Low carb diet and its affect on your hormones

Why Long-Term Success on a Low Carb Diet Can Be Challenging for Women

“I lost SO much weight when I was on a very low carb diet but I also lost my period and experienced symptoms of fatigue, crankiness, my skin breaking out and dizziness.”

Low carb diet and its effect on long term health and long term weight loss
Low carb diet can lead to feelings of fatigue, dizziness and crankiness.

Does this sound familiar?

Even though going low carb is a great way to lose weight quickly, it is NOT the best for your hormones or your body.

What is a low carb diet?

There is no set definition for a low carb diet, and the amount of carbs allowed per day on this eating style varies widely.

It’s also important to keep in mind that this is going to depend on what type of low carb diet, how long you followed the diet, and the health of the individual following it.

low carb diet or keto eliminates carbs and has risk on blood sugar levels
A low carb diet affects hormone health and your energy as the glucose from carbs is needed in normal functioning of the body.

How a low carb diet affects your hormones:

I am all in favor of minimizing sugar and simple carbs while increasing healthy fat and protein intake but some take a low carb diet approach too far. This is because when you cut on carbs, you are also cutting out on high-fiber foods like starchy vegetables, fruits and whole grains (reminder that fiber is only found in foods WITH carbs).

Here are the different ways a low carb diet can affect your hormones and ultimately, your health:

Cortisol: A very low carb diet is a form of stress on the body and can alter hormone production.

Drastically reducing carbs can cause cortisol levels to go up which can cause weight gain or make weight loss very difficult.

Those that cut carbs and still feel like they are not losing weight tend to reduce their intake even MORE thinking that they are just eating too much and that is NOT the case. Reducing your calories lowers your metabolism and causes even more hormonal issues in the long run. It is a cycle that can affect your weight and health so it is important to understand HOW to eat for a healthy weight loss.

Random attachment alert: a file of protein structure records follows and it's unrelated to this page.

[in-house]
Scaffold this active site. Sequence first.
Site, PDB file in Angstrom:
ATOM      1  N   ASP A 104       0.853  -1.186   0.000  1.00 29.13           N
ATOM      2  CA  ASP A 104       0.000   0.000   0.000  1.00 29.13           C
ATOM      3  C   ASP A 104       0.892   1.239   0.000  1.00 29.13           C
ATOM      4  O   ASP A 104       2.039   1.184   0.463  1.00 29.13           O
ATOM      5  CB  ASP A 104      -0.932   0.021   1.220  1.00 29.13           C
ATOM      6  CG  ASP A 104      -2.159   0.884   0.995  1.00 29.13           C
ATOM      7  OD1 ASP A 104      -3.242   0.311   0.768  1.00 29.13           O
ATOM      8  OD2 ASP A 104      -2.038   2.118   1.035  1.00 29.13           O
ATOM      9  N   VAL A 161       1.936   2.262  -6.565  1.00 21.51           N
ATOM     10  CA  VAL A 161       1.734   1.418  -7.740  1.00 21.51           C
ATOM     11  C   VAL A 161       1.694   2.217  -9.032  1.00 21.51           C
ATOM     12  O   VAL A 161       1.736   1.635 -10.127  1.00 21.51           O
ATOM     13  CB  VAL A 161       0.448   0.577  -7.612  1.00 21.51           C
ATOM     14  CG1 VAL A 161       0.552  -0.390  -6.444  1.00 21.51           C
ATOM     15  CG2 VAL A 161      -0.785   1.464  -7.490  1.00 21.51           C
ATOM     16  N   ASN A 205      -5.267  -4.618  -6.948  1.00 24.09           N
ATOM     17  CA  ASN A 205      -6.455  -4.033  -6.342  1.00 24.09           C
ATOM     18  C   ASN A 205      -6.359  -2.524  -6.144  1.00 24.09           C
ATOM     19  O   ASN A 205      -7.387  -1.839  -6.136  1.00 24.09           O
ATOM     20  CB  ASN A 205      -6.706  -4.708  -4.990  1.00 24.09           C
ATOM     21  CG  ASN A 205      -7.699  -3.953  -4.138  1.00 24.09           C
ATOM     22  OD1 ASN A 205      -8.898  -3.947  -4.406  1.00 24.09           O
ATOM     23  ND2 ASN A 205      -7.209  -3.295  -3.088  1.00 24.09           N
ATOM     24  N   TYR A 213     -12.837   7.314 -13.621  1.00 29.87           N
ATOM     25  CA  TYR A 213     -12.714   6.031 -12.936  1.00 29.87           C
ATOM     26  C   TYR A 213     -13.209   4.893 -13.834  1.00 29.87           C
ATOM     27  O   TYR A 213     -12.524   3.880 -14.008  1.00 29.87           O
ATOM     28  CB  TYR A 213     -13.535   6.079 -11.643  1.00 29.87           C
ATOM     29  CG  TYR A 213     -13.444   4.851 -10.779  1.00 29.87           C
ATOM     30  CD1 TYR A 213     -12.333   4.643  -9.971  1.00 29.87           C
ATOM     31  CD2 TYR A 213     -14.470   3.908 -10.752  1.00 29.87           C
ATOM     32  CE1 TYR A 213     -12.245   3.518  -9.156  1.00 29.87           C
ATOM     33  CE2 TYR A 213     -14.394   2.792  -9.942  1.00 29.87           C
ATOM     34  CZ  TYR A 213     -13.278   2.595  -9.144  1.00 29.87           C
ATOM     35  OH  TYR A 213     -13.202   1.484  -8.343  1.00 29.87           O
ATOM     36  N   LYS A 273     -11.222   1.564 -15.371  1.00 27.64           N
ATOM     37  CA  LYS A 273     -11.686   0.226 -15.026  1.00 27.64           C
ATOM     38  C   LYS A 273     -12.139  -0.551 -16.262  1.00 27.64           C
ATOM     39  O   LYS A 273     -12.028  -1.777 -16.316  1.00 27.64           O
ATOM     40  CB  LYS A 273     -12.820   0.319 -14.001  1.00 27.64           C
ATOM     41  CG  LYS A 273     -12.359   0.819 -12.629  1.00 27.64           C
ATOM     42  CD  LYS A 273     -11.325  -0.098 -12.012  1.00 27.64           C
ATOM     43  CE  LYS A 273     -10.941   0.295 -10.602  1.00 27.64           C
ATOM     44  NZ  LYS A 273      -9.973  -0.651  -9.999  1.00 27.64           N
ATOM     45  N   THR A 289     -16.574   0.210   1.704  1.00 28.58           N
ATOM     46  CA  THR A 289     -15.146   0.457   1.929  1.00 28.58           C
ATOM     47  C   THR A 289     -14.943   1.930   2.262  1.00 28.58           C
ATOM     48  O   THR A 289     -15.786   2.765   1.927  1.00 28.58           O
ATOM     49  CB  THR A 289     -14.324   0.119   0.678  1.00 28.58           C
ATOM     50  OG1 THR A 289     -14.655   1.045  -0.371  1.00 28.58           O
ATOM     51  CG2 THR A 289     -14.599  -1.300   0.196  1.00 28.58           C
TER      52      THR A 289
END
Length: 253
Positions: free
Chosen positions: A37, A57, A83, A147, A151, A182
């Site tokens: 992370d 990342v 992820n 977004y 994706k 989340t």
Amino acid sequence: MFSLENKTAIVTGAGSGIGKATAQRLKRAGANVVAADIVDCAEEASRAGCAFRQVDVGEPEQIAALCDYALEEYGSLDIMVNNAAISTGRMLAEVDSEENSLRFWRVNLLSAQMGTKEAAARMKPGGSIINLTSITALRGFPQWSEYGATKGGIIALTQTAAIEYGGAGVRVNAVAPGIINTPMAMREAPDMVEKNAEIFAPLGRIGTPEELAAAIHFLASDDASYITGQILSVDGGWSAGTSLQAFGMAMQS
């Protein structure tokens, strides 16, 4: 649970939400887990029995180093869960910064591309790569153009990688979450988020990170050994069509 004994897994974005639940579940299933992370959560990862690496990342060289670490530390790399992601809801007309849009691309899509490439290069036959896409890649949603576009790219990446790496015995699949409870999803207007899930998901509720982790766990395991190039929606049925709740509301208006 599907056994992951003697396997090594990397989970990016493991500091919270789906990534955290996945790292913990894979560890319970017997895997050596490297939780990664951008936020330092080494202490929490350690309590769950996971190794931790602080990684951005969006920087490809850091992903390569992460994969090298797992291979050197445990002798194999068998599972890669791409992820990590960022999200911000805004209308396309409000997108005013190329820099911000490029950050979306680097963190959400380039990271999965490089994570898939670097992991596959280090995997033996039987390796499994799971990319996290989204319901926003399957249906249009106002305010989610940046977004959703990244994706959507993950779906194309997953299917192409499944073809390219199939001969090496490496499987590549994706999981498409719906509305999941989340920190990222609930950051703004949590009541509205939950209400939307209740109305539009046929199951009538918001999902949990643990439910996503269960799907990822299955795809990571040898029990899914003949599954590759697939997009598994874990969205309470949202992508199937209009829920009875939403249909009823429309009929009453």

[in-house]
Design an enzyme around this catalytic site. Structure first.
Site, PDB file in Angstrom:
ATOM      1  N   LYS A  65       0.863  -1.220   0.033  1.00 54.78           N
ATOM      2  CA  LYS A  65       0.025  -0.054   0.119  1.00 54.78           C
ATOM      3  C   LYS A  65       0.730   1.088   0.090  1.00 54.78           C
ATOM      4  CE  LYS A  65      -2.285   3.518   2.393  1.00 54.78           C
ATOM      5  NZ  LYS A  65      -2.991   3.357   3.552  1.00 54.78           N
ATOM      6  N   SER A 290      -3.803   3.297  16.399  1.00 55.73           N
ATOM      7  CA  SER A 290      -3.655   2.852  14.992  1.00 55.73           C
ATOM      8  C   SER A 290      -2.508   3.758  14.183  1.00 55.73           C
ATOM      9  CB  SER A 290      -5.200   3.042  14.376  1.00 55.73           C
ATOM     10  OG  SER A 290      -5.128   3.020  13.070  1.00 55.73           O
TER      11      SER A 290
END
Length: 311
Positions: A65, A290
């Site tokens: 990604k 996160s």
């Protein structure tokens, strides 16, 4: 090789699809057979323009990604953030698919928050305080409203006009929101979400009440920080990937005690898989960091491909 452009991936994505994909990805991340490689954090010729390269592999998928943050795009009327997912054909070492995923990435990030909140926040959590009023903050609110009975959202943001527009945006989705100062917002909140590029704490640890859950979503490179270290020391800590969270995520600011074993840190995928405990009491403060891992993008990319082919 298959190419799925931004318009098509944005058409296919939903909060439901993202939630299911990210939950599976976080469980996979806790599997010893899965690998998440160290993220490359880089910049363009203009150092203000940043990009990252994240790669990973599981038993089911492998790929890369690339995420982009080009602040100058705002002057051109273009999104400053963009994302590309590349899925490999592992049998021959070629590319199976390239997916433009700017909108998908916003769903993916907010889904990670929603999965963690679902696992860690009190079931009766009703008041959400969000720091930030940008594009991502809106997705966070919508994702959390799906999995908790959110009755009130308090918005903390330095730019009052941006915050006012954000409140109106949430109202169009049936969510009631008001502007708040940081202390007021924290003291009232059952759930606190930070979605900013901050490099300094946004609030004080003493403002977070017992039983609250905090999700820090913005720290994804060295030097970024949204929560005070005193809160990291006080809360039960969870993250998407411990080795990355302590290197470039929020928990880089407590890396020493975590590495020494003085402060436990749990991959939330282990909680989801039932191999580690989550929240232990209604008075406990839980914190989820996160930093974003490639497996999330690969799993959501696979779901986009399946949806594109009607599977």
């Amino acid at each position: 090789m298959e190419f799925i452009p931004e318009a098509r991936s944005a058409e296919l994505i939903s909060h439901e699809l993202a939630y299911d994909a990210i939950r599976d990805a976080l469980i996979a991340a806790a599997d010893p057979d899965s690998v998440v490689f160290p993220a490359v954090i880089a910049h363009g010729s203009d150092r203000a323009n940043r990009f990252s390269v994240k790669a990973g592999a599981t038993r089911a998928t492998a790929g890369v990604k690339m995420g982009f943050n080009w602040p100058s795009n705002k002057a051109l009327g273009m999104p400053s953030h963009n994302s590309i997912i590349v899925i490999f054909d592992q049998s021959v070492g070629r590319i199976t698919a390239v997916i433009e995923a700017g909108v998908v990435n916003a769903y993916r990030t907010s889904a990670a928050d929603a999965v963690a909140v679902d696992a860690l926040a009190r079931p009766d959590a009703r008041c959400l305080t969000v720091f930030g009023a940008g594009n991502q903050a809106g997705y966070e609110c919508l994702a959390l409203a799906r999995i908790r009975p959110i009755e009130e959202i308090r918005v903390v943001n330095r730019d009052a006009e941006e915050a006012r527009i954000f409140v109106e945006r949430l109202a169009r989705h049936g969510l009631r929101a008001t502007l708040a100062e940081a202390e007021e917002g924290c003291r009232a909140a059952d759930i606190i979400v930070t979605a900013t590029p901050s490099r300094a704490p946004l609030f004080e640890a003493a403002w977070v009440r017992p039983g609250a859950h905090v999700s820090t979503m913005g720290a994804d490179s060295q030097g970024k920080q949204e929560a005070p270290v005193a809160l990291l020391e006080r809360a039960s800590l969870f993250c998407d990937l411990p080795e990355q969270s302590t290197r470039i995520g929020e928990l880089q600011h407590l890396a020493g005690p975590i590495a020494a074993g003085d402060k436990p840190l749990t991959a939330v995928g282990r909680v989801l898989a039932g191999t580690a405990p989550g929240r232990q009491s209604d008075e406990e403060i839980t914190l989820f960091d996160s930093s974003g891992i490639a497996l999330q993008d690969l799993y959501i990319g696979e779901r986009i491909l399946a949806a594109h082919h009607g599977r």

Thyroid: Thyroid hormones are essential in maintaining and regulating metabolism (1).

However, glucose, which is the energy you get from the breakdown of carbs is required to fuel the production of thyroid hormones. This is because the parts of the brain responsible for thyroid hormone regulation require glucose to function.

In other words, carbohydrates impact the two main thyroid hormones T3 and T4. These hormones are responsible for regulating metabolism and energy levels. When calorie or carbohydrate intake is too low, studies show that T3 levels can drop and this can reduce thyroid function and can lead to symptoms of weight gain and fatigue.

Endocrine function: A diet too low in carbs can lower blood sugars too low which can throw off normal insulin production.

This can lead to dizziness and irritability. And because the body has systems in place to try and keep things balanced, when blood sugars are low and you are not providing the body with carbs,  cortisol takes over and raises blood sugars.

And as you know by now, this is putting the body under more stress. Chronically high levels of cortisol can lead to adrenal fatigue, increased risk for high blood pressure, heart disease, type 2 diabetes and osteoporosis.

Skin health: Your skin health says a lot about what’s going on in your gut and your hormones.

As mentioned earlier, when you reduce the amount of carbs you eat, you are also reducing the fiber you are eating. Fiber is imperative to your gut health because fiber is the FOOD for that healthy gut bacteria. When your gut health is suffering, it shows up in different areas like your skin, bowel movements, energy, and hormone production.

Your gut is considered the second brain for a reason. It plays a major role in your overall health and energy and when you are not feeding it right, it shows!

How to incorporate carbs in a way that supports your hormones

1. Focus on high-fiber carbs from nutrient-dense foods.

What are nutrient-dense foods? Nutrient-dense foods are those that contain a higher level of vitamins and minerals than other foods.

High-fiber nutrient-dense foods are your fruits, veggies, whole grains and legumes.

Fiber helps with hormonal balance because it slows down digestion and balances blood sugar levels. It prevents blood sugar levels from spiking and crashing due to its slowed digestion time.

Choosing carbs with at least 5 grams or more fiber per serving is best. However, this won’t always be possible and that’s okay. Take the time to familiarize yourself with high-fiber foods and make a list so next time you go grocery shopping you know you are choosing high-fiber.

Some high-fiber foods:

  • Beans and lentils
  • Broccoli
  • Berries
  • Avocados
  • Popcorn
  • Whole Grains
  • Apples
  • Dried Fruits
  • Nuts

 

high-fiber carbohydrates are important in sustainable weight loss and health
For long term weight loss and hormone health, learn to incorporate high-fiber carbs while increasing protein and healthy fats

2. Eat them with protein

It’s always wise to compliment your carb choices with protein and healthy fats. This also helps balance blood sugars and keeps insulin from spiking. Although proteins are broken down similarly to carbohydrates, they have a minimal effect on blood glucose levels.

Plant-based protein:

  • Beans
  • Hummus
  • Lentils
  • Peas
  • Edamame
  • Tofu
  • Tempeh

Animal-based protein:

  • eggs
  • Meat
  • Seafood
  • Poultry

3. Eat them with a healthy fat

Adding a healthy fat to your high-fiber/protein snack or meal is going to help keep you satisfied, curb cravings and again, balance hormones.